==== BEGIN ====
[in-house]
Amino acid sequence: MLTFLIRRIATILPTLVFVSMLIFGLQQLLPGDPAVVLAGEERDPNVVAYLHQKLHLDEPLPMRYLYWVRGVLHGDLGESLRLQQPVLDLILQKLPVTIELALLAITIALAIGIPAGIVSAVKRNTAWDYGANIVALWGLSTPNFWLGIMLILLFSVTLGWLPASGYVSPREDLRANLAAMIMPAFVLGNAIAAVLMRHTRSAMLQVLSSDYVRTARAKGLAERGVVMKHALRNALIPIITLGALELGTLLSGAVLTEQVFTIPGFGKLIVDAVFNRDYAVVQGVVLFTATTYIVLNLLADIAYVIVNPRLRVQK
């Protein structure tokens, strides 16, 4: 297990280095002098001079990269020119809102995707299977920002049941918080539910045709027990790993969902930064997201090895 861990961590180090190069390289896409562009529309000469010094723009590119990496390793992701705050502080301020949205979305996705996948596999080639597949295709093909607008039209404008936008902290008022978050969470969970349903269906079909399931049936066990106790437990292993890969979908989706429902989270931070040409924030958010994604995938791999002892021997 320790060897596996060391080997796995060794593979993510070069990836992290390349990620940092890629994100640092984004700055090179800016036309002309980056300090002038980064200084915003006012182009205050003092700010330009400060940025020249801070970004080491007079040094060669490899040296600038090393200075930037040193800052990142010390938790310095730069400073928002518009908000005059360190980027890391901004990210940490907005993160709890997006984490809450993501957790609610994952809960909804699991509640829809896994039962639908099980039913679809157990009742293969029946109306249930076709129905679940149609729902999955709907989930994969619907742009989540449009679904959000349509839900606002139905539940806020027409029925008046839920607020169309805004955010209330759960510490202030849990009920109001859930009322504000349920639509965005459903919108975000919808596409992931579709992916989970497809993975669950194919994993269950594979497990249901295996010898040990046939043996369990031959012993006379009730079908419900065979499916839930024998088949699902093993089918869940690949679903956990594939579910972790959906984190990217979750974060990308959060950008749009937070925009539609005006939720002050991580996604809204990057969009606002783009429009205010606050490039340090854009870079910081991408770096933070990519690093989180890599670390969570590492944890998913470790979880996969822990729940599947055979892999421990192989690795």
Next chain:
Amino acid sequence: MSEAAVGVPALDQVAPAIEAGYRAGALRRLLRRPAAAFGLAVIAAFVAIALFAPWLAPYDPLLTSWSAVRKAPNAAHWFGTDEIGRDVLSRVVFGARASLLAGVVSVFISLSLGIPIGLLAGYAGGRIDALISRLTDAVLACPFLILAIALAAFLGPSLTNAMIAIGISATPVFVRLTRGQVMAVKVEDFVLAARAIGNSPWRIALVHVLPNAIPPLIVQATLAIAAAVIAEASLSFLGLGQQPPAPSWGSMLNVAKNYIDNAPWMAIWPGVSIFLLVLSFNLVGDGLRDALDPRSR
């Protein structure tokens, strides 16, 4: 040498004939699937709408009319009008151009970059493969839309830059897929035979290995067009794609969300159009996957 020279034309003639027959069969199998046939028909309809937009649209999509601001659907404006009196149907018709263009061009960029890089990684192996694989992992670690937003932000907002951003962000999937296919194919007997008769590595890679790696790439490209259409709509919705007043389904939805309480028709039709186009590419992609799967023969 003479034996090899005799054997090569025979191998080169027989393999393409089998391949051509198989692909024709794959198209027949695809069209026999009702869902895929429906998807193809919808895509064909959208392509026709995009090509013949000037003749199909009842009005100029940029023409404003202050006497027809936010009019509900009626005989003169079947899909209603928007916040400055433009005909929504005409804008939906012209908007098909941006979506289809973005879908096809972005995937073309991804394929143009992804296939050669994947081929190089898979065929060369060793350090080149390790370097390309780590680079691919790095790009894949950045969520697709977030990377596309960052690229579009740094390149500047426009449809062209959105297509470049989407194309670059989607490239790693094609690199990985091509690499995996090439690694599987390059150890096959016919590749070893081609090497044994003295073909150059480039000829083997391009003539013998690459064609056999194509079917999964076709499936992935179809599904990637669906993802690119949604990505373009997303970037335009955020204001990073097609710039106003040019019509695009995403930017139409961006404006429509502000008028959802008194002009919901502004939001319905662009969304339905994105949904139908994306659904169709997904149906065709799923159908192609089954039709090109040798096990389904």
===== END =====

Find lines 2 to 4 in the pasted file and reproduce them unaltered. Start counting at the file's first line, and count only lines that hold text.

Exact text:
Amino acid sequence: MLTFLIRRIATILPTLVFVSMLIFGLQQLLPGDPAVVLAGEERDPNVVAYLHQKLHLDEPLPMRYLYWVRGVLHGDLGESLRLQQPVLDLILQKLPVTIELALLAITIALAIGIPAGIVSAVKRNTAWDYGANIVALWGLSTPNFWLGIMLILLFSVTLGWLPASGYVSPREDLRANLAAMIMPAFVLGNAIAAVLMRHTRSAMLQVLSSDYVRTARAKGLAERGVVMKHALRNALIPIITLGALELGTLLSGAVLTEQVFTIPGFGKLIVDAVFNRDYAVVQGVVLFTATTYIVLNLLADIAYVIVNPRLRVQK
């Protein structure tokens, strides 16, 4: 297990280095002098001079990269020119809102995707299977920002049941918080539910045709027990790993969902930064997201090895 861990961590180090190069390289896409562009529309000469010094723009590119990496390793992701705050502080301020949205979305996705996948596999080639597949295709093909607008039209404008936008902290008022978050969470969970349903269906079909399931049936066990106790437990292993890969979908989706429902989270931070040409924030958010994604995938791999002892021997 320790060897596996060391080997796995060794593979993510070069990836992290390349990620940092890629994100640092984004700055090179800016036309002309980056300090002038980064200084915003006012182009205050003092700010330009400060940025020249801070970004080491007079040094060669490899040296600038090393200075930037040193800052990142010390938790310095730069400073928002518009908000005059360190980027890391901004990210940490907005993160709890997006984490809450993501957790609610994952809960909804699991509640829809896994039962639908099980039913679809157990009742293969029946109306249930076709129905679940149609729902999955709907989930994969619907742009989540449009679904959000349509839900606002139905539940806020027409029925008046839920607020169309805004955010209330759960510490202030849990009920109001859930009322504000349920639509965005459903919108975000919808596409992931579709992916989970497809993975669950194919994993269950594979497990249901295996010898040990046939043996369990031959012993006379009730079908419900065979499916839930024998088949699902093993089918869940690949679903956990594939579910972790959906984190990217979750974060990308959060950008749009937070925009539609005006939720002050991580996604809204990057969009606002783009429009205010606050490039340090854009870079910081991408770096933070990519690093989180890599670390969570590492944890998913470790979880996969822990729940599947055979892999421990192989690795």
Next chain: